Mar 032011

Feng shui means wind and water in Chinese. It is the concept of creating harmony in one’s environment with specific placement of items and lighting to increase the energy, or ch’i.

A group of more than 60 women from the CSU Women’s Association gathered in the entrance of the Shepard of the Hills Church on Taft Hill at 9 a.m., dressed in their Sunday best to hear about the ancient Chinese art of feng shui.

“Our lives are linked to our environment,” presenter and interior designer Beverly Doig said to The hour-long session focused on typical problems that bog down a space, such as closed-off rooms and narrow hallways.

Doig explained the nine cures that can give a space a better feeling, including specific colors and adding objects such as candles and bamboo.
Ten round tables filled the room, covered in red and black cups filled with pens and rulers atop Asian-style placemats. Women in the back laid out muffins, quiche and other breakfast foods created by the CSUWA gourmet club.

The presentation came with mobiles, mirrors and a golden frog that Doig says is a good-luck charm for her finances.
‘I think you have to be a bit of a mystic. You have to believe,” Doig said.

Doigs, 75, earned her first degree in computer science, but always had an interest in design. Her new career path came while sitting in her doctor’s office after overcoming lung cancer.

“His prescription was, ‘go out there and do something you’ve always wanted to do,’” she said.

She enrolled in night classes at the UCLA with little art experience but worked hard, got a degree and later aced her interior design license.
The association sold hand-made jewelry and greeting cards as a part of its regular fundraiser. The money will go to creating scholarships for CSU students. CSUWA gives away more than 10 scholarships per year.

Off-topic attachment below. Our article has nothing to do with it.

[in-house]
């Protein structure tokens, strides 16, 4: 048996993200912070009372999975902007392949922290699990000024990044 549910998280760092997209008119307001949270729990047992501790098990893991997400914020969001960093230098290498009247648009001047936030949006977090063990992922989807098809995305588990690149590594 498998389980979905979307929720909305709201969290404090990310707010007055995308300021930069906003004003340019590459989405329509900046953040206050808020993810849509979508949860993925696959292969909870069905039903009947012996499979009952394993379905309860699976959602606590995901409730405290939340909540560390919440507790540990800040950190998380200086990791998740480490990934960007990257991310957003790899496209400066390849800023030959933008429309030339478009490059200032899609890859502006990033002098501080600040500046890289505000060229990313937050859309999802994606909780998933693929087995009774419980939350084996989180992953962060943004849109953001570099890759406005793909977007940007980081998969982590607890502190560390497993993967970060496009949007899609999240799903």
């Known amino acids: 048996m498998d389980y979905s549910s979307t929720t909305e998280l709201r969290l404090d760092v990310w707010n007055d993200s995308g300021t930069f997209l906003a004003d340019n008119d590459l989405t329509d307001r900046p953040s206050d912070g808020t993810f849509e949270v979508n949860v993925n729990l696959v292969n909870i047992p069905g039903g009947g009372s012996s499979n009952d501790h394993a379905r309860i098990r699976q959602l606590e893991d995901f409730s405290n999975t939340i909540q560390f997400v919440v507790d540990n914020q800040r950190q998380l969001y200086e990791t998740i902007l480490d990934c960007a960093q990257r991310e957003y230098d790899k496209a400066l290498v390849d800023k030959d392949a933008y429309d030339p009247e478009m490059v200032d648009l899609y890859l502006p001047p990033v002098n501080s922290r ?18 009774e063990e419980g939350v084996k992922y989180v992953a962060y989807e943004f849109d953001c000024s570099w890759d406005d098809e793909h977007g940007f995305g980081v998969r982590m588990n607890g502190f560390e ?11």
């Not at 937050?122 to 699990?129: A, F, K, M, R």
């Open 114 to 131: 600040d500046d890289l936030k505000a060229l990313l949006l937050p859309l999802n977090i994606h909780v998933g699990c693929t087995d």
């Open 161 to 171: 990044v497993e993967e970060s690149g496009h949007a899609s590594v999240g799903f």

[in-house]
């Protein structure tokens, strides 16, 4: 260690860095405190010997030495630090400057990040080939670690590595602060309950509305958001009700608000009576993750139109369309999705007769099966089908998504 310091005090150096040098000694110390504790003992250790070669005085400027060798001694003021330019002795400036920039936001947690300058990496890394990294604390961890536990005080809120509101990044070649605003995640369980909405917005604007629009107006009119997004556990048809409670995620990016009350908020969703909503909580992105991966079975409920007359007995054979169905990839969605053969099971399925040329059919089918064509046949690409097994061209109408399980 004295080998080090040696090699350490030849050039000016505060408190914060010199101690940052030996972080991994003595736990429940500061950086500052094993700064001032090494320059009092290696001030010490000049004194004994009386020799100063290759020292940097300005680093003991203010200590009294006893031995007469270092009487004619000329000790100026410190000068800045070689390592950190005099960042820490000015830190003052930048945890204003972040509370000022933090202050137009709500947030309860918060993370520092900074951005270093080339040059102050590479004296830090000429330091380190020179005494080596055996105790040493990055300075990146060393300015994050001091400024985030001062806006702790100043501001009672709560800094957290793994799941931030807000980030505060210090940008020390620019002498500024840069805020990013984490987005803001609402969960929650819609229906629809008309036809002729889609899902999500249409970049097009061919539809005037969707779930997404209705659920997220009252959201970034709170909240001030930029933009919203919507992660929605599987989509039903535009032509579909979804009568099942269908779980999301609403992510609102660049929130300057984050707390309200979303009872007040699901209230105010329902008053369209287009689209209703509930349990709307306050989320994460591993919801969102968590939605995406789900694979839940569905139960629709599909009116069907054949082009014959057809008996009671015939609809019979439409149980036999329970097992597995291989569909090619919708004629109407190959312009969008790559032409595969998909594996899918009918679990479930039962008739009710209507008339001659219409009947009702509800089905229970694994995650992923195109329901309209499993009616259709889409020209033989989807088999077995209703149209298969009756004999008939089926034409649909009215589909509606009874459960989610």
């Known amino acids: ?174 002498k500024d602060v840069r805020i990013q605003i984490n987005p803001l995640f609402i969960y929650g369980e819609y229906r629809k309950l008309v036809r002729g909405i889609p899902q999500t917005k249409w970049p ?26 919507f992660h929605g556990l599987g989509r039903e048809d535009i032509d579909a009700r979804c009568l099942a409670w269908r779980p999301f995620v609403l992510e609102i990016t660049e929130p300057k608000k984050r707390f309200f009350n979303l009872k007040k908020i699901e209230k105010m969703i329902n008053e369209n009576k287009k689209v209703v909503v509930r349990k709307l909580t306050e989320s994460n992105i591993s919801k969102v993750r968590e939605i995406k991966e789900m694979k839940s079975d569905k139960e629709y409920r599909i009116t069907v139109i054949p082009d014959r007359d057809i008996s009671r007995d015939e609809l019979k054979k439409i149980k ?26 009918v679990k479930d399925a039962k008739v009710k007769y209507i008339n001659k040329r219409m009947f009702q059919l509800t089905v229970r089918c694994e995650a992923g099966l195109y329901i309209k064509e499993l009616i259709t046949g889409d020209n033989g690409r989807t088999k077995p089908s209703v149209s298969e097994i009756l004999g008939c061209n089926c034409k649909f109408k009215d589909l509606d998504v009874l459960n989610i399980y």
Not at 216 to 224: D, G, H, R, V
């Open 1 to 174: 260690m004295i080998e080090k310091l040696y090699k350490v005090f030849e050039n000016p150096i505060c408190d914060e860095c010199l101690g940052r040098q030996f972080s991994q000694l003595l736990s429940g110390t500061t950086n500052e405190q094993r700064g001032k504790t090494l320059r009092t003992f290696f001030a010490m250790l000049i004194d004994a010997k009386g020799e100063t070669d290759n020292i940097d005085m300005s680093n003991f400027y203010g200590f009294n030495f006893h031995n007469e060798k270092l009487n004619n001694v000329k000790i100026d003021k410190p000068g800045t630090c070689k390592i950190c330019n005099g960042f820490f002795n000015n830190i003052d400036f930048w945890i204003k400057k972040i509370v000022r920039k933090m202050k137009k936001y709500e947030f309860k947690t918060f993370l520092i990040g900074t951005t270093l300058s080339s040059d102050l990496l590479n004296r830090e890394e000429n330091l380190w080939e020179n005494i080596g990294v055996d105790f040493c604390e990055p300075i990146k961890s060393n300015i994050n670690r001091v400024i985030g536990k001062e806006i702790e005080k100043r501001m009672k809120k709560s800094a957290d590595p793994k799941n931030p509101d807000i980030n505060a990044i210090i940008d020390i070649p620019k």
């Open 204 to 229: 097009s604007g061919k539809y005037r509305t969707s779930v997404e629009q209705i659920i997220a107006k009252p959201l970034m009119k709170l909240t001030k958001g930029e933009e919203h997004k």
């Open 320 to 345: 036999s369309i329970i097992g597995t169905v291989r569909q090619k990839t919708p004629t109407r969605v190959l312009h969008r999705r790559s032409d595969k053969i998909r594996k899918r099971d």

The women who sat in on the workshop nodded at the tips on how to make any room into a rejuvenating, harmonious space. They created their own feng shui redecorations on graph paper after Doig’s presentation, using color sheets and other information to harness the room’s ch’i.
“It made me more aware of my surroundings,” said CSUWA past president and former Colorado Senator Peggy Reeves.

Vice President Brenda Carns coordinated the event after hearing Doig’s story and believing that her expertise would mesh well with meetings in the past.

Other meetings have included speakers from Iran and lectures about scientific phenomena. Next month the group will visit Our Global Village Museum created by former CSU professor John Roberts.

CSUWA has more than 200 members, but Carns says it is always looking for more people. The association is open to everyone interested.

Staff Writer Rachel Childs can be reached at

Feng Shui your place

  • Clear entranceways of clutter
  • Place mirrors and pictures at “people height” for high ceiling rooms
  • Use mirrors to open up closed spaces
  • Place plants in the room to add oxygen and a relaxed feel
  • Display objects that are pleasing to you in the room
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